A visitor, ‘BS’ the ex army man who puts the Saxo Bank team through it’s paces; Michael tells us that all the team, including him, are waiting on a character assessment arriving from ‘BS’ and his advisers, based on what they had seen at the ‘Survival Camp.”
Bjarne Riis, love the man or hate him, he doesn’t do things by halves.
BS is accompanied by eccentric Saxo Bank mechanic, Christophe – he doesn’t let us down with his new, dyed blonde hair do.
On the last night, it’s easy to let the cabins go, but I force myself to ‘do the rounds,’ tidy the shoes, fold the clothes for the tenth time, check the drinks, ask the guys if they need anything.
There are kids in the enclosure tonight, they argue about who to seek autographs from; meanwhile, just centimetres away sits a quiet, anonymous, older guy – Patrick Sercu, the most successful six day rider in history and an athlete of amazing versatility.
The man was Olympic kilometre champion, world sprint champion and green jersey in the Tour.
The sprints, and the guys just go through the motions, that 70 minute chase hangs in the air like a ghost.
There’s a ‘special event;’ a presentation for Jacob Moe – it’s his last race and he gets a ‘guard of honour,’ flowers and big respect from the crowd.
‘Hollywood’ gives us ‘We will rock you’ and ‘Born in the USA’ one more time; “Thank you for the entertainment, Mr. Holloway – it’s been outstanding,” says the announcer – I’ll second that.
Tomorrow night at this time, I’ll miss Daniel and his crazy fun.
Franco leans on me, the crowd is counting down for the start of a killer 70 minute chase, but the big guy still has a wink for the crowd.
I give him an almighty shove…
“Cara mia, mine…”
The Continentals and Schwalbes begin to thunder on the pine.
The next 70 minutes will decide whose names are painted on the fence above the banking as winners of the 2009 Six Days of Copenhagen.
But first I have to empty and disinfect the pee pails and strip out our neat little cabins which we tried so hard to make comfortable for our guys.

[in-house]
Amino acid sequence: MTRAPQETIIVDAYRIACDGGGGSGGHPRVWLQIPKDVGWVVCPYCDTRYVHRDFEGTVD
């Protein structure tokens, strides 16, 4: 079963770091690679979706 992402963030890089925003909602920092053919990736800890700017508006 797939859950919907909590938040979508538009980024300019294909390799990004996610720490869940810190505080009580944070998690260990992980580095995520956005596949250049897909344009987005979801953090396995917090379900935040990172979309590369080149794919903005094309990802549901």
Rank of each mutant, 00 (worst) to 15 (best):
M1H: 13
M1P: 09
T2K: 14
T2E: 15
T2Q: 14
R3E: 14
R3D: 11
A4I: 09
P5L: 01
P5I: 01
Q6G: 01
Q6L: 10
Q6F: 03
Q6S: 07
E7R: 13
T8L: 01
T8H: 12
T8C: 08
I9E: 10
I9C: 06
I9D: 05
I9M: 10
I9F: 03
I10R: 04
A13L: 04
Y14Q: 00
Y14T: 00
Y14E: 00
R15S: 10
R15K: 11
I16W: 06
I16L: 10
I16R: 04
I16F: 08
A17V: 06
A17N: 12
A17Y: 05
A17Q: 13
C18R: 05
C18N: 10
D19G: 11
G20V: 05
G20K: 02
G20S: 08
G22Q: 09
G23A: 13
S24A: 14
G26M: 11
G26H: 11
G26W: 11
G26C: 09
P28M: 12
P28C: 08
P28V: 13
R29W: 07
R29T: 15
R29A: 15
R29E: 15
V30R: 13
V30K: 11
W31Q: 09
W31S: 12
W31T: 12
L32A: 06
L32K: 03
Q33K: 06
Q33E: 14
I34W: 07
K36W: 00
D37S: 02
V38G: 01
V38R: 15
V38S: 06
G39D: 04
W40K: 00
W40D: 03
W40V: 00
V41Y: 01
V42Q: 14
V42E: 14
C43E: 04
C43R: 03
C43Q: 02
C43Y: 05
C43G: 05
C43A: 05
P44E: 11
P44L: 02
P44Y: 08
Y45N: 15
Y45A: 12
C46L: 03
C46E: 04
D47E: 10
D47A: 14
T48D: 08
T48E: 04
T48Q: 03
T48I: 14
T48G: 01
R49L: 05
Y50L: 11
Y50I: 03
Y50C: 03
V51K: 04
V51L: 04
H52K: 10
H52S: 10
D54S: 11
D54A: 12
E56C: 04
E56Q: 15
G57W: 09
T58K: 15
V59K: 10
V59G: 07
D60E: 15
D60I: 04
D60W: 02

By the time I do that, the clock says 49 minutes to go and the overall standings are: Rasmussen & Mørkøv 230 points; Risi & Marvulli 208 points; Stam & Schep 146 points, all on the zero lap.
Bartko & Lampater are one lap back and de Ketele & Mertens are crumbling at five laps.
Half distance, 35 to go and it’s status quo, except that the Belgians are seven back and Mertens looks very rough. The music is hot, the racing’s not. For me, it’s Stam and Schep; they look the perkiest. Daniel Holloway misses a change, Colby has to do a double spell – ouch!
The minnows are clawing the odd lap now – a sure sign that the tempo isn’t savage. They know that Sercu is watching and he want’s men who go for laps – he has crowds to please.
Schep changes bikes; those tyres look just fine to me!
Big Bob Bartko doesn’t look like he’s having fun; but team mate Leif Lampater looks composed and fresh – I think he’ll be ‘the man,’ soon.
The count down board switches from minutes to laps – 45 to go.
‘Vamos a la playa!‘ the Balearic beat pumps; are they kidding – it’s Denmark in February!
The results board hasn’t changed it’s rap, the boys still lead on points from the Swiss and Dutch on the same lap.
Kris tells me to go and check the ‘kontrol’ notification; Jens-Erik and the white number from the winning team are the ones that affect us.
Stam and Schep snaffle a lap; they make it look easy, and now they lead by 250 metres.
Marvulli and Risi try and try to get them back, but Lampater closes them down each time.
The laps tick down – 20, 19, 18 and then the roof lifts off as Alex launches and seals his place, with Michael up there on the fence.
After the presentations, it’s chaos as everybody wants a piece of the winners – TV, press, photographers, friends, family, fans and autograph hunters.
I have to keep an eye on the guys’ mobile phones and gear as Kris starts to shuttle our kit to the camper.
It’s gone 1.30 am; hand shakes, pictures, laughs, cuddles, kisses, maybe a few tears and it’s time for the three hour drive through the frost and mist to Billund and Ryanair.